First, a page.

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Reviews » DVD Video Reviews » El gendarme desconocido (''The Undercover Policeman'')
El gendarme desconocido (''The Undercover Policeman'')
Sony Pictures // Unrated // May 11, 2010
List Price: $14.94 [Buy now and save at Amazon]
Review by Stuart Galbraith IV | posted May 26, 2010 | E-mail the Author
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Mexican comedian Mario Moreno Reyes - Cantinflas - stars in El gendarme desconocido (1942), apparently considered one of his best and most significant offerings, the first of innumerable comedies in which Cantinflas plays a lazy, irresponsible policeman or other public servant, and it was the first Cantinflas film directed by longtime collaborator Miguel M. Delgado (he'd been 1st assistant director on Ni sangre, ni arena, "Neither Blood nor Sand," released the year before); Delgado would go on to helm nearly all of Cantinflas's movies.

Compared to other Cantinflas movies this reviewer has had the chance to see, El gendarme desconocido ("The Unknown Policeman," though officially "The Undercover Policeman" on the packaging) more prominently exhibits signs of having been influenced by contemporaneous Hollywood comedies. The basic plot borrows from W.C. Fields' The Bank Dick and there are elements from Buck Privates (1941) and other recent American films.

As with the handful of other Cantinflas comedies made available with English subtitles, non-Spanish speakers can appreciate much of the film's humor and its star's undeniable roguish charm, but his main appeal as a comedian, his verbal humor and wordplay, doesn't translate all that well, and like most of his films El gendarme desconocido, at 110 minutes, runs on far too long for American tastes. This Columbia Classics release offers an excellent print of the film that, unfortunately, is accompanied by extremely ugly subtitles.


Lazy bum Chato (Cantinflas) wiles away his afternoons gambling with friends at an unpopular café owned by hatchet-faced proprietress Joaquinta (Consuelo Guerrero de Luna, very Minerva Urecal-esque), the widow of an alcoholic police sergeant, and her beautiful daughter, Amparo (Mapy Cortés?), who in classic Cantinflas tradition is attracted to him in spite of his not-insignificant character flaws.

As in The Bank Dick, Chato/Cantinflas is hailed a hero, credited with the capture of three bank robbers though really he was simply swept up in the melee that resulted in Joaquinta's café. In any case he's appointed Officer 777 by the local constabulary, and put through the rigors of the police academy while diamond thieves prepare their big heist.

The episodic film affords Cantinflas the opportunity to work through many long set pieces, most resembling standard comedy genre stock situations. The fight with the gangsters at the café is atypically visual slapstick, not the usual kind of thing in a Cantinflas comedy, including some egg- and pie-throwing. Cantinflas later attends a class in forensics, allowing for much Edgar Kennedy-like slow-burning from the frustrated professor as Cantinflas asks one stupid question after another (and, in one brief bit, does some comic subtraction on the blackboard much like Abbott & Costello's "13 x 7 = 28" routine).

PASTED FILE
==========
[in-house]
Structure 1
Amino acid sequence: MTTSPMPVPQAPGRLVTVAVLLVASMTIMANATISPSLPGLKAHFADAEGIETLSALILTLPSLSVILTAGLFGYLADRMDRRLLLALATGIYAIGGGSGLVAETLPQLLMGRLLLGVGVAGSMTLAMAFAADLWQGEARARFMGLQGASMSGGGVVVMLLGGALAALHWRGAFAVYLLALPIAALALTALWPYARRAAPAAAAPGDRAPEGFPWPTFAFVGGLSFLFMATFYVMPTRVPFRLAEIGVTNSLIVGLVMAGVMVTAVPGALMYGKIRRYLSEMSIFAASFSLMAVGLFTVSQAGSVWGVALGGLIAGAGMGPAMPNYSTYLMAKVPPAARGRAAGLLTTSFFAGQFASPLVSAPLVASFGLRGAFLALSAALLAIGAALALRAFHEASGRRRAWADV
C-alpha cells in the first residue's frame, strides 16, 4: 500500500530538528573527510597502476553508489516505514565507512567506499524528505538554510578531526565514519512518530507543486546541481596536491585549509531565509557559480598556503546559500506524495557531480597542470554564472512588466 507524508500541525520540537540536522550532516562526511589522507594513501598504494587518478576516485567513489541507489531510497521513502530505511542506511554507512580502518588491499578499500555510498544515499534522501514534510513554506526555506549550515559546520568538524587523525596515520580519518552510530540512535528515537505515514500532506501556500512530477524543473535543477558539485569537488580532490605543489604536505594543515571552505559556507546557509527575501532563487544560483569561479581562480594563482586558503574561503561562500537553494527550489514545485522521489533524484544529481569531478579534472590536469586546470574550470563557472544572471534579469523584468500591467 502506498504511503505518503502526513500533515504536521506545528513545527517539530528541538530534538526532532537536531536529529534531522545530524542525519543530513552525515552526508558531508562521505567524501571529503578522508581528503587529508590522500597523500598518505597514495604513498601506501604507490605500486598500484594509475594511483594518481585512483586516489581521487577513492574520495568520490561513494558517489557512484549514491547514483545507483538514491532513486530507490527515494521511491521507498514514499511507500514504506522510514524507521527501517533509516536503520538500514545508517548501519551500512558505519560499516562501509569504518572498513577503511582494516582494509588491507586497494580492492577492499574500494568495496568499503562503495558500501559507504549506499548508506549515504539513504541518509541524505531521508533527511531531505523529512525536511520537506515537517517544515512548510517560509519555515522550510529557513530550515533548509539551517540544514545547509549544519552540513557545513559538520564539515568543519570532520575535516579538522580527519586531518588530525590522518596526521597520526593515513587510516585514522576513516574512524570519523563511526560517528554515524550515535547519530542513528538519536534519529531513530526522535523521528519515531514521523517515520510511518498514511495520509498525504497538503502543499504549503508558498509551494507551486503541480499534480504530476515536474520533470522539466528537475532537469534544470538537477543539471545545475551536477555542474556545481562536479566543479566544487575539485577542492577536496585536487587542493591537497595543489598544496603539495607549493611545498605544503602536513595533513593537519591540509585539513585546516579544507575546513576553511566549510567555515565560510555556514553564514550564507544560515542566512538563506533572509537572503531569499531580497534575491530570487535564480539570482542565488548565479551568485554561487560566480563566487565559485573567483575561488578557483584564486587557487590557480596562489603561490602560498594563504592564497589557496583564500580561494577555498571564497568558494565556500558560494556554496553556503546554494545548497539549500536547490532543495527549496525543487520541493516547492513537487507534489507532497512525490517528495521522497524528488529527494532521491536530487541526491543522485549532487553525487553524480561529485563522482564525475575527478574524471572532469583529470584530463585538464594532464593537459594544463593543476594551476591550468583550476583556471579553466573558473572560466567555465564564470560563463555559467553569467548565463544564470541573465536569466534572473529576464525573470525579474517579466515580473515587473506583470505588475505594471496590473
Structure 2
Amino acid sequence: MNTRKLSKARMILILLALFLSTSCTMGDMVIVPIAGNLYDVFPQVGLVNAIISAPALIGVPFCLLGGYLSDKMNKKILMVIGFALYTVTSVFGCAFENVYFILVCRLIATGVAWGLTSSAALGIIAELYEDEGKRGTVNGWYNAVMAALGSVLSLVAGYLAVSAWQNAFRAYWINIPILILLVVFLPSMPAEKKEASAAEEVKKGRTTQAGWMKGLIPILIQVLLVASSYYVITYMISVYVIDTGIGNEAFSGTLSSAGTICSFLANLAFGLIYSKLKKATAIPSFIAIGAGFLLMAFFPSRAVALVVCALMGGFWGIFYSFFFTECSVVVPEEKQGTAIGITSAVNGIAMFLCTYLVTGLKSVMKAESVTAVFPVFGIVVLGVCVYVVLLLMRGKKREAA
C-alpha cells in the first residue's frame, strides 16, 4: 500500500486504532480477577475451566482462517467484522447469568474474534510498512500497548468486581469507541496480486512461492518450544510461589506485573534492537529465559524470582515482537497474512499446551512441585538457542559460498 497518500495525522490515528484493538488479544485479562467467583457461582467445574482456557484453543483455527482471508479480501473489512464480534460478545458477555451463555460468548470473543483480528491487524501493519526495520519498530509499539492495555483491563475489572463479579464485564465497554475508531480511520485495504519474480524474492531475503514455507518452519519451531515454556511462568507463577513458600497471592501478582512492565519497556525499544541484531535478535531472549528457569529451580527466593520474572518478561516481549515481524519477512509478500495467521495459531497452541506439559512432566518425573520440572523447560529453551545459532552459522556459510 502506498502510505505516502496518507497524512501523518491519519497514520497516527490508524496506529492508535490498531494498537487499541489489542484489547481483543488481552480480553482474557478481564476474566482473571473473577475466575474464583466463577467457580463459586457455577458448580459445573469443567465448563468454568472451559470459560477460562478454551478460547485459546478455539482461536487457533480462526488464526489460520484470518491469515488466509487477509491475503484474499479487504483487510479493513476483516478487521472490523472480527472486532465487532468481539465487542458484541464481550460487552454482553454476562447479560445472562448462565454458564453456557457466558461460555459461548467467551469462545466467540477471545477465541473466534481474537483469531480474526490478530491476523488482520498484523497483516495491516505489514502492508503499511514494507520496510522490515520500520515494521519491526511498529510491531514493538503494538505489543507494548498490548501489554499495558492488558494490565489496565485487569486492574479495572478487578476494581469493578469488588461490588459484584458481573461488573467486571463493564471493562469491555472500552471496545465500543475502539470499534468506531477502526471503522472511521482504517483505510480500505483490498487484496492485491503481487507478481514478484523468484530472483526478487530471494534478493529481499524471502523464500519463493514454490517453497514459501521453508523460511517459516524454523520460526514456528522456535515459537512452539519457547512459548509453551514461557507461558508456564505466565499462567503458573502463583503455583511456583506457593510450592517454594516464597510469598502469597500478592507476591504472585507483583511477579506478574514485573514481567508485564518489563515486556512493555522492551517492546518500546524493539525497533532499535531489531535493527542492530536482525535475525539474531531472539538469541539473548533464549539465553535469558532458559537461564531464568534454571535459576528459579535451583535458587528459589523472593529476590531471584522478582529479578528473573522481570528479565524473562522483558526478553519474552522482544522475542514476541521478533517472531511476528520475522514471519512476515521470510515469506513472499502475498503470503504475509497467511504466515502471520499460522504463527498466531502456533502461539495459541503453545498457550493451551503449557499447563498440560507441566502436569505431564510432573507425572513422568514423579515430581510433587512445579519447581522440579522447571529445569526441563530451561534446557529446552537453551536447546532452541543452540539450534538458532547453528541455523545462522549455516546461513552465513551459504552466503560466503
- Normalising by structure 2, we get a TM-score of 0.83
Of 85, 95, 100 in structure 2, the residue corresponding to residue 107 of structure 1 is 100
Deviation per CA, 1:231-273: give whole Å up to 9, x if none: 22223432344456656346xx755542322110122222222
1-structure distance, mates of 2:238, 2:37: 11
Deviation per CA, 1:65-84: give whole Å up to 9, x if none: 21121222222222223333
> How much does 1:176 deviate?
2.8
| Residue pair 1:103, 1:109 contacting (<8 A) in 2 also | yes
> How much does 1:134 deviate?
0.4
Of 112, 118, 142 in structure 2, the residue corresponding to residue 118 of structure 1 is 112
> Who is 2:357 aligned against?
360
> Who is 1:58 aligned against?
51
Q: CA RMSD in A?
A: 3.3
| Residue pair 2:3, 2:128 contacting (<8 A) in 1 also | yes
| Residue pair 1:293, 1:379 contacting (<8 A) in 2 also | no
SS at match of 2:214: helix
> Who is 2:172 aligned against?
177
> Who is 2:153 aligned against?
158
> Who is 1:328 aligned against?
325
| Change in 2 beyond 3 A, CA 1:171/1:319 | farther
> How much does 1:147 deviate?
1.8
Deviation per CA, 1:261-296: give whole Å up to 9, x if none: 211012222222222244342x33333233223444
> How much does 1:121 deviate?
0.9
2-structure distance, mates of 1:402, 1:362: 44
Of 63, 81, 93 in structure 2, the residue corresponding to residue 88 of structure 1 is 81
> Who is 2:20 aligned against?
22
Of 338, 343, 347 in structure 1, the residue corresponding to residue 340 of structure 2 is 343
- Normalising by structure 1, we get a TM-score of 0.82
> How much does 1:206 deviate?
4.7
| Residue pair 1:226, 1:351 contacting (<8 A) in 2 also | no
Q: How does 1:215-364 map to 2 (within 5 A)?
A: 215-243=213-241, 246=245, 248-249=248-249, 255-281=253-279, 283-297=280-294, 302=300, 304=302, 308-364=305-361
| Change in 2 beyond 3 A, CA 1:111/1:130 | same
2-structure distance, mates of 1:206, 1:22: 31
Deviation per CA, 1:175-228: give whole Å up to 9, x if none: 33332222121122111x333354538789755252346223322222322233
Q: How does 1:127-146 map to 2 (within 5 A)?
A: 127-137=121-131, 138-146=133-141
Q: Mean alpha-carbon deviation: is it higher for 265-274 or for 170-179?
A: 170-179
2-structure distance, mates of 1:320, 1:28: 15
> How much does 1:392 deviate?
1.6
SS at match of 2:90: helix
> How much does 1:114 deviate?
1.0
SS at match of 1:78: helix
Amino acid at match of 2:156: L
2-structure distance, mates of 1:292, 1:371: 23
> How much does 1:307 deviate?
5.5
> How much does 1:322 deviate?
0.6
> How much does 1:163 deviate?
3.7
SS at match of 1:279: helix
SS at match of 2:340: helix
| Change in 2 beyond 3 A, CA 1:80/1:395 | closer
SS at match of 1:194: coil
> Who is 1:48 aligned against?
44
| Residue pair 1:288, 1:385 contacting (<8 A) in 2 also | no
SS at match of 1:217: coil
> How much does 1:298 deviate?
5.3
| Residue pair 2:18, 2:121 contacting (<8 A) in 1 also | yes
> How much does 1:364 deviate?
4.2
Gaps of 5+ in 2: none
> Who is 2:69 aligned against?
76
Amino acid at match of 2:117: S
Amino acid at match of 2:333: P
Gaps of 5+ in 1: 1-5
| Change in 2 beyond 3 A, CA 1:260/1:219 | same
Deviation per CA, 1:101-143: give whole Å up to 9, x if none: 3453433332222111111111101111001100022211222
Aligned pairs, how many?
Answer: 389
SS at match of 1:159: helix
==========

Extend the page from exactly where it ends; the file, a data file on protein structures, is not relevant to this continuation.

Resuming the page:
Later, at the police academy, another Abbott & Costello routine seems to have been a direct inspiration, as lazy, inept Chato proves hopeless during a drilling exercise. This kind of material is derivative but funny, while more typical Cantinflas comedy, like his extremely lazy attempts to dispose of a time-bomb, is more original but also more difficult for non-Spanish speakers to fully appreciate.

Video & Audio

  The packaging lists El gendarme desconocido as a 1.85:1 anamorphic widescreen presentation but this is incorrect. Instead, the film is presented in its 1.37:1 original aspect ratio, but in 16:9 enhanced pillarboxed format. The film elements sourced look great, especially considering the film's age. (I've seen Mexican movies from the 1980s look far more battered and beaten up than this.)

On the down side are the extremely ugly yellow subtitles that resemble blocky closed-captioning, and which here also sometimes bleed off the left- and right-side of the frame. On widescreen TVs this is not an issue, but I wonder how this would look on 4:3 televisions? At least Spanish speakers have the option of turning these off. The Dolby Digital mono audio is fine; there are no alternate language or additional subtitle options, and no Extra Features.

Parting Thoughts

As with El señor fotógrafo, what might very well be a classic comedy to Spanish speakers loses something in translation, but even without being able to catch all its subtleties I found El gendarme desconocido interesting even when I wasn't laughing. Recommended.




 


Stuart Galbraith IV's latest audio commentary, for AnimEigo's Musashi Miyamoto DVD boxed set, is on sale now.

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